Author Topic: Do fluorescent, induction and LPS ballasts have ANSI codes?  (Read 1815 times)
Lumex120
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Do fluorescent, induction and LPS ballasts have ANSI codes? « on: September 13, 2015, 08:43:49 AM » Author: Lumex120
HID ballasts have them, so do fluorescent, induction, and LPS ballasts have them?
The three main codes I know of a re H**, M**, and S**
If so, why don't they have codes?
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Re: Do fluorescent, induction and LPS ballasts have ANSI codes? « Reply #1 on: September 13, 2015, 03:03:51 PM » Author: lights*plus
LPS ballasts are HID & lamp must match ballast. Their codes are:

L69 - 18w
L70 - 35w
L71 - 55w
L72 - 90w
L73 - 135w
L74 - 180w

See also http://www.lighting-gallery.net/index.php?topic=117.0
Don't believe there are ANSI codes for fluorescent ballasts but the #, the watt & pin type are nearly always marked on their label.
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Re: Do fluorescent, induction and LPS ballasts have ANSI codes? « Reply #2 on: September 13, 2015, 03:20:49 PM » Author: Solanaceae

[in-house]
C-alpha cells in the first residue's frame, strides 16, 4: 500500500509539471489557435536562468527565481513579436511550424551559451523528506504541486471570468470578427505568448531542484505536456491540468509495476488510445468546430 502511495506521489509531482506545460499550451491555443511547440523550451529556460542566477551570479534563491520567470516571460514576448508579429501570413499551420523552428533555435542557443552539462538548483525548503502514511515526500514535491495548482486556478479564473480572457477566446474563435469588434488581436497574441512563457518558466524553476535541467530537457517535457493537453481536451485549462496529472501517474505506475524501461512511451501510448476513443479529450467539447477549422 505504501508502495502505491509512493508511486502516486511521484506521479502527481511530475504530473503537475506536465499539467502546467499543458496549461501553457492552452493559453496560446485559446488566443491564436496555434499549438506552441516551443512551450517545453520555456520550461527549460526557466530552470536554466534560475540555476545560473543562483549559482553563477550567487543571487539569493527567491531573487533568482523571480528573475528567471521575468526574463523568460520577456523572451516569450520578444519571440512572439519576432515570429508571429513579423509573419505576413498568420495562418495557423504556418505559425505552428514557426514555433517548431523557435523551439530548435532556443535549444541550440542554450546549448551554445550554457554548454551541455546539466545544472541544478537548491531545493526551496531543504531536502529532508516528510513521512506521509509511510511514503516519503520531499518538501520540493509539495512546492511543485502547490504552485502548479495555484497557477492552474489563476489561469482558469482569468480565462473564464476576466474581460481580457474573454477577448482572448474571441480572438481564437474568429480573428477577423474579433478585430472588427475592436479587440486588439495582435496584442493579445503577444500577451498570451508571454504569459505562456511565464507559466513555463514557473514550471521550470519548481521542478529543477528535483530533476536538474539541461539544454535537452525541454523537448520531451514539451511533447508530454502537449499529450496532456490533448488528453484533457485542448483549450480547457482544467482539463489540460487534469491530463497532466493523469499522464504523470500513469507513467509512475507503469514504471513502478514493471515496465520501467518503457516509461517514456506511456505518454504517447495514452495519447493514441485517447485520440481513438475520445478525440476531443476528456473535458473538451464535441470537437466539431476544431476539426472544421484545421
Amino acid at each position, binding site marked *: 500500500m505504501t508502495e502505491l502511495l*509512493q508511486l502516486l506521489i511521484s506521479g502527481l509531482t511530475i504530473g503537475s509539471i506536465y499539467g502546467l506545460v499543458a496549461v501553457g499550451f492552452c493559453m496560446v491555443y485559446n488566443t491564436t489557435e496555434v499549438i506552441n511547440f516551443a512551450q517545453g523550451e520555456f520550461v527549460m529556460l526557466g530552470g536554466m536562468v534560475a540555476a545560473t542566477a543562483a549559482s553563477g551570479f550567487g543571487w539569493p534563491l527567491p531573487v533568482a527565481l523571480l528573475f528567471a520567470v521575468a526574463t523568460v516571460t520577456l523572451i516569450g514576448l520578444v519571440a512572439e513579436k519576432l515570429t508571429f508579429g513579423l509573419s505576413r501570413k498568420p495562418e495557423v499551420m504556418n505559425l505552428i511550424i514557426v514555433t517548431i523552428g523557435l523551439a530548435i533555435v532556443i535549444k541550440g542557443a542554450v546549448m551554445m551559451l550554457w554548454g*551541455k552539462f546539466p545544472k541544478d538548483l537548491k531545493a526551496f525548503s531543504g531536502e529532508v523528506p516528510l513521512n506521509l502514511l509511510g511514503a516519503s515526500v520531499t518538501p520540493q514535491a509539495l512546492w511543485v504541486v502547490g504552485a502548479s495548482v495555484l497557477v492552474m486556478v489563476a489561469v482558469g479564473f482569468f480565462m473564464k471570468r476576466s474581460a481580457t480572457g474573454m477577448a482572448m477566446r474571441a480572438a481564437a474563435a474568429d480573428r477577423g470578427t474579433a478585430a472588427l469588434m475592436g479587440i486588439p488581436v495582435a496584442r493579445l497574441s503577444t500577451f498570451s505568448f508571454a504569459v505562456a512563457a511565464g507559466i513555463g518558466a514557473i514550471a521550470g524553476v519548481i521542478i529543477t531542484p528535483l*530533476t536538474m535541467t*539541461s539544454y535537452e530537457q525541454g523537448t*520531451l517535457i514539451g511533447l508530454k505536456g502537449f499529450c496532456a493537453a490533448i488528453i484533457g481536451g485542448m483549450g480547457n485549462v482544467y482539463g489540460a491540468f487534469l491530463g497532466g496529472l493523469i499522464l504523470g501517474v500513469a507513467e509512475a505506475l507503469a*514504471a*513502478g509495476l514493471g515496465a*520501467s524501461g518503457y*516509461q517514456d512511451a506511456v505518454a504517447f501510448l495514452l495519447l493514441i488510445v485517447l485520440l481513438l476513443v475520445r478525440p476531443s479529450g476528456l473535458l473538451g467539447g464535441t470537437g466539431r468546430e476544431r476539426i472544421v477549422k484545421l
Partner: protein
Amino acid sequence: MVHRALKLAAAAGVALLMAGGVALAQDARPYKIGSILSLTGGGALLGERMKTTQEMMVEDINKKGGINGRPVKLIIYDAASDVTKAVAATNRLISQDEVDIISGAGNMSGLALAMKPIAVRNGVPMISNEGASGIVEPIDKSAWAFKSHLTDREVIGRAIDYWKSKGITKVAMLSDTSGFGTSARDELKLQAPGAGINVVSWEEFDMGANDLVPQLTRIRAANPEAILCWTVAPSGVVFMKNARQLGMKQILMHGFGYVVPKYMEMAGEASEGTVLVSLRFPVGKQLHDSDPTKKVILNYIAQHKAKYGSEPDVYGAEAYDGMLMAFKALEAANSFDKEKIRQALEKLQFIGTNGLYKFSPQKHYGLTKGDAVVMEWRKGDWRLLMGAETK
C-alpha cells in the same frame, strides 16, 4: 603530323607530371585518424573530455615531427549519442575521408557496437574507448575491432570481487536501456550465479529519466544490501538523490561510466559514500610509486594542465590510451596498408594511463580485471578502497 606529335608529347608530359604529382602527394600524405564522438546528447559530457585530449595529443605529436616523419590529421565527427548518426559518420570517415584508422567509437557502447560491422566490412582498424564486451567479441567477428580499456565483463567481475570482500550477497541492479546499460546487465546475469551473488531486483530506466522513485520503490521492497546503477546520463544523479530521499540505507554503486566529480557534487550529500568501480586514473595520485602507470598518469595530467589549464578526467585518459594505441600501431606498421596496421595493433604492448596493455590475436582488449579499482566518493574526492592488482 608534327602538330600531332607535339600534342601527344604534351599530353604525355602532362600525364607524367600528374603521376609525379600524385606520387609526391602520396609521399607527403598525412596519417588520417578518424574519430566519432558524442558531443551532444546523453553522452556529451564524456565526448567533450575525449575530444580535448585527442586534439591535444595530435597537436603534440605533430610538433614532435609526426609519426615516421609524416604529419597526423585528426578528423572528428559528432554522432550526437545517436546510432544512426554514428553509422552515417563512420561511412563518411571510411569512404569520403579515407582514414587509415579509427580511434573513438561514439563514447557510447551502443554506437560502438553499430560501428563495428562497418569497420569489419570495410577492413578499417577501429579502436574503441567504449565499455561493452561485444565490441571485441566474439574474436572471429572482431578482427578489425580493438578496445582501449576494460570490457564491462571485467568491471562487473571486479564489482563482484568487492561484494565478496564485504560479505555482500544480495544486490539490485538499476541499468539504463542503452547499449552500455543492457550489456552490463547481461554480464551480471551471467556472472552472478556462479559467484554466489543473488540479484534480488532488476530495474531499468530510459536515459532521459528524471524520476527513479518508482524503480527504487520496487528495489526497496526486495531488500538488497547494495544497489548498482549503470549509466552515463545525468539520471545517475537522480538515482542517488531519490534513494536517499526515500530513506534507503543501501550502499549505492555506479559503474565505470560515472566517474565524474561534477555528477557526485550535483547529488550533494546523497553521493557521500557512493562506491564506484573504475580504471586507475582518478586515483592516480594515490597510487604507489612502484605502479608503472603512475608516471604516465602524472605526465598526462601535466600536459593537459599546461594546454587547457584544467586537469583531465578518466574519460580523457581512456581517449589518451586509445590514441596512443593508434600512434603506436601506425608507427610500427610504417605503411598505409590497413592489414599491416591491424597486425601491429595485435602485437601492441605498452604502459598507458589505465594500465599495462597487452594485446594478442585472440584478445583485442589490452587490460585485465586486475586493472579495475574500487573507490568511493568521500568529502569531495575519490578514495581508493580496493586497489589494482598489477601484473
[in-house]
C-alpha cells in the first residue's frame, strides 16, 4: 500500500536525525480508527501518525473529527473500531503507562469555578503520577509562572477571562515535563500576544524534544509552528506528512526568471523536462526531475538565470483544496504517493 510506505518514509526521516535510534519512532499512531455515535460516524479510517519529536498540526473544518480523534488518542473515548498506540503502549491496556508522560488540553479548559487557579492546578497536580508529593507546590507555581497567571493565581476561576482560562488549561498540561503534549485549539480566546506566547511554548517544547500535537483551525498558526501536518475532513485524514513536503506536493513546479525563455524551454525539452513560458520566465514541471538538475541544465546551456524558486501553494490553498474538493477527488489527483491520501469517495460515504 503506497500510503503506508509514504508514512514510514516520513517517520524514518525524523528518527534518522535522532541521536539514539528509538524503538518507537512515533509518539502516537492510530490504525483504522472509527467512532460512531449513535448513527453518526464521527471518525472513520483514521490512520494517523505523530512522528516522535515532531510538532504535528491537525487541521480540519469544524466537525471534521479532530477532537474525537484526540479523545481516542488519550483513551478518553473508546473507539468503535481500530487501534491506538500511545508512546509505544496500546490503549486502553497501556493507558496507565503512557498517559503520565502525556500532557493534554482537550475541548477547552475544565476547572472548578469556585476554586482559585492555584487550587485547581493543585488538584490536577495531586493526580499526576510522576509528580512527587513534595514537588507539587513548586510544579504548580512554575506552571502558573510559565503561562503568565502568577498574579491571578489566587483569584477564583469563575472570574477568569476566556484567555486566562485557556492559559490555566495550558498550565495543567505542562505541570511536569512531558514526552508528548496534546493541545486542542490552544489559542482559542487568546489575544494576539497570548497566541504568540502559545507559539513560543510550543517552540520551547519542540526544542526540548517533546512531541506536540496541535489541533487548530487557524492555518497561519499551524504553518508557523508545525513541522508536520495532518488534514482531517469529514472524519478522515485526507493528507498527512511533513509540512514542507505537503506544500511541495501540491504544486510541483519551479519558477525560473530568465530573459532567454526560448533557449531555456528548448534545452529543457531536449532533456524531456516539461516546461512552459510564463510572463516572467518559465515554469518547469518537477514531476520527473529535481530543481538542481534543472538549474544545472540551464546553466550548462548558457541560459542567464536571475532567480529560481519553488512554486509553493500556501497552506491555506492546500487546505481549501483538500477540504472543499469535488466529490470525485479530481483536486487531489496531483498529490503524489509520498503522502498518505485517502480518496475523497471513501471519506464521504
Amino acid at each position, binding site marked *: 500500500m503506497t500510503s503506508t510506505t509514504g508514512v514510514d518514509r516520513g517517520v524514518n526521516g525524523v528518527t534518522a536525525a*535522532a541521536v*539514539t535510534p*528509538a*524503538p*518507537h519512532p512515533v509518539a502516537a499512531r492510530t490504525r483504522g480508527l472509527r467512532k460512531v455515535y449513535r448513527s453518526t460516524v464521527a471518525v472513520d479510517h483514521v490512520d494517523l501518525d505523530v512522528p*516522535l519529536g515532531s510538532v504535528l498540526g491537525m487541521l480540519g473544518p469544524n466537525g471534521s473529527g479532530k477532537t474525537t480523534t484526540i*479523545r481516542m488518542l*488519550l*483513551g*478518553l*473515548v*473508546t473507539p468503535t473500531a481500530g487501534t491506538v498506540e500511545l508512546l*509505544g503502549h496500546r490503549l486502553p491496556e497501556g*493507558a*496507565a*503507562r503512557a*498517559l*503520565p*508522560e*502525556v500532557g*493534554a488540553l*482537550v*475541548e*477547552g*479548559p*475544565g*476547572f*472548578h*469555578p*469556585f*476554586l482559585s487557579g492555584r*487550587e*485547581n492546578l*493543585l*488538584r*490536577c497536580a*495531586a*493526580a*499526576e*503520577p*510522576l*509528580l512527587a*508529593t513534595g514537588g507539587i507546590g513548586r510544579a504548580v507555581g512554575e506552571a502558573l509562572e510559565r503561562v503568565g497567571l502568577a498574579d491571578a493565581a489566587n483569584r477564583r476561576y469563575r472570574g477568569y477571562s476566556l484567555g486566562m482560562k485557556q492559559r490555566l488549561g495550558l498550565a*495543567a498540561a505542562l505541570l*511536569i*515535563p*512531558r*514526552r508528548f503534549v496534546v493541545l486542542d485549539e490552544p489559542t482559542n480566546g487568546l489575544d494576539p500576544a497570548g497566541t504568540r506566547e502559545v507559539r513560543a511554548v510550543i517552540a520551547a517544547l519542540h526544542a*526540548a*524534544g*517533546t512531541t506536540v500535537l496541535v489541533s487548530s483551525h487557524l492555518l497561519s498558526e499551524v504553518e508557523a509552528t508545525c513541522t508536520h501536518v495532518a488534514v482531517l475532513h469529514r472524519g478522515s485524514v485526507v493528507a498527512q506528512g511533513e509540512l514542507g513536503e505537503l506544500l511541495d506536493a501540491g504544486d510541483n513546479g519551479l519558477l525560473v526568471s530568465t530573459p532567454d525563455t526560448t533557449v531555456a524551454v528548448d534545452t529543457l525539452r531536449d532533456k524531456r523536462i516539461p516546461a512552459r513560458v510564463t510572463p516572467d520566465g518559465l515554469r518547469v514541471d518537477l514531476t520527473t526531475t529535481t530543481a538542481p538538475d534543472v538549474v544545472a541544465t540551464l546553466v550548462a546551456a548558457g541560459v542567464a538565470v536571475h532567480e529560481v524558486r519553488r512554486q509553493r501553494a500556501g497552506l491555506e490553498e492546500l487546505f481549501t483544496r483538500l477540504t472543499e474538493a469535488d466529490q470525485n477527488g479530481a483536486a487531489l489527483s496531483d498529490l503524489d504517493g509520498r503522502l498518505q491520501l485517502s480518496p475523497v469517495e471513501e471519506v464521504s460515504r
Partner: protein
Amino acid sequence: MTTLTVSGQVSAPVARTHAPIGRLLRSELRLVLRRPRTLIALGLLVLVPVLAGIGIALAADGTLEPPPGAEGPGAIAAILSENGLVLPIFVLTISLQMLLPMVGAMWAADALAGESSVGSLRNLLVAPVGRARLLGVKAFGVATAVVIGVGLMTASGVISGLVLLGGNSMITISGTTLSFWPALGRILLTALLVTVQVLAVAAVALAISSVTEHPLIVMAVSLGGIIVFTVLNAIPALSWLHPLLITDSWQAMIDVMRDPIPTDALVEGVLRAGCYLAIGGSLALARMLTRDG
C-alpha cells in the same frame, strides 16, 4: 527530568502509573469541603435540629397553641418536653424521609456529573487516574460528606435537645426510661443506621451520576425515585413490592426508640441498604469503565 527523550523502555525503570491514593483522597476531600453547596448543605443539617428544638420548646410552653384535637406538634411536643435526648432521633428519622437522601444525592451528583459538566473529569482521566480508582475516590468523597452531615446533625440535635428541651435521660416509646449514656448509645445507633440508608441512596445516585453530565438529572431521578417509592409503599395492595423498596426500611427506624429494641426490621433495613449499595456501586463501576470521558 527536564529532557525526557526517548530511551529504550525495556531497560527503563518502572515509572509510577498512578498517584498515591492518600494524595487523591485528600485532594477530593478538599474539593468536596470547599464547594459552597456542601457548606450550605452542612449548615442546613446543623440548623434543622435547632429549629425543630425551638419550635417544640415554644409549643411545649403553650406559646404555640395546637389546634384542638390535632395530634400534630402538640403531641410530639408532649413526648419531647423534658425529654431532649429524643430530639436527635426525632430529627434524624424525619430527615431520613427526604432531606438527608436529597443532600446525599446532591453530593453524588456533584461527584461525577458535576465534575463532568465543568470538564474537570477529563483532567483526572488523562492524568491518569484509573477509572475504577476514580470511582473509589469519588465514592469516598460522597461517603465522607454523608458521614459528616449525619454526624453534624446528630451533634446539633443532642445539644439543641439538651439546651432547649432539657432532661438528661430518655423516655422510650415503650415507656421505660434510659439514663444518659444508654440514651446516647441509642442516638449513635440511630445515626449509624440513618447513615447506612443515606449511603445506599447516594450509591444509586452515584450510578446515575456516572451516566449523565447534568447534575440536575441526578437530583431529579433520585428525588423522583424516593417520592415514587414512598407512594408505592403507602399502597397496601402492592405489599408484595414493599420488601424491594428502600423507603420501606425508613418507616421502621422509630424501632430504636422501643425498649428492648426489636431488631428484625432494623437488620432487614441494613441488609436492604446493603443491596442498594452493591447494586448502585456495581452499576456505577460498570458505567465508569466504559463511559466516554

I have a question: are the dual wattage 35/55 watt autotranny ballasts for 120v dual tapped for wattage or one size fits all like fluorescent chokes?
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Re: Do fluorescent, induction and LPS ballasts have ANSI codes? « Reply #3 on: September 13, 2015, 04:58:19 PM » Author: Lumex120
LPS ballasts are HID & lamp must match ballast. Their codes are:

L69 - 18w
L70 - 35w
L71 - 55w
L72 - 90w
L73 - 135w
L74 - 180w

See also http://www.lighting-gallery.net/index.php?topic=117.0
Don't believe there are ANSI codes for fluorescent ballasts but the #, the watt & pin type are nearly always marked on their label.
Thanks. I wonder why fluorescent ballasts don't have codes? Maybe because there are so many types and multi-lamp ballasts? :-\
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Re: Do fluorescent, induction and LPS ballasts have ANSI codes? « Reply #4 on: January 08, 2016, 04:52:56 PM » Author: lights*plus
I have a question: are the dual wattage 35/55 watt autotranny ballasts for 120v dual tapped for wattage or one size fits all like fluorescent chokes?

I have no reply, except that I've settled this question myself by actually running an LPS 35/55 watt magnetic ballast.

There's only one pair of outputs for the lamp. I've run well both 35w or 55w lamps on the same socket. Similar to fluorescent ballasts, the choke will supply a certain max current to lamp. Looks like both these lamps require similar Amps to run nominally.
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Re: Do fluorescent, induction and LPS ballasts have ANSI codes? « Reply #5 on: January 08, 2016, 04:55:40 PM » Author: Solanaceae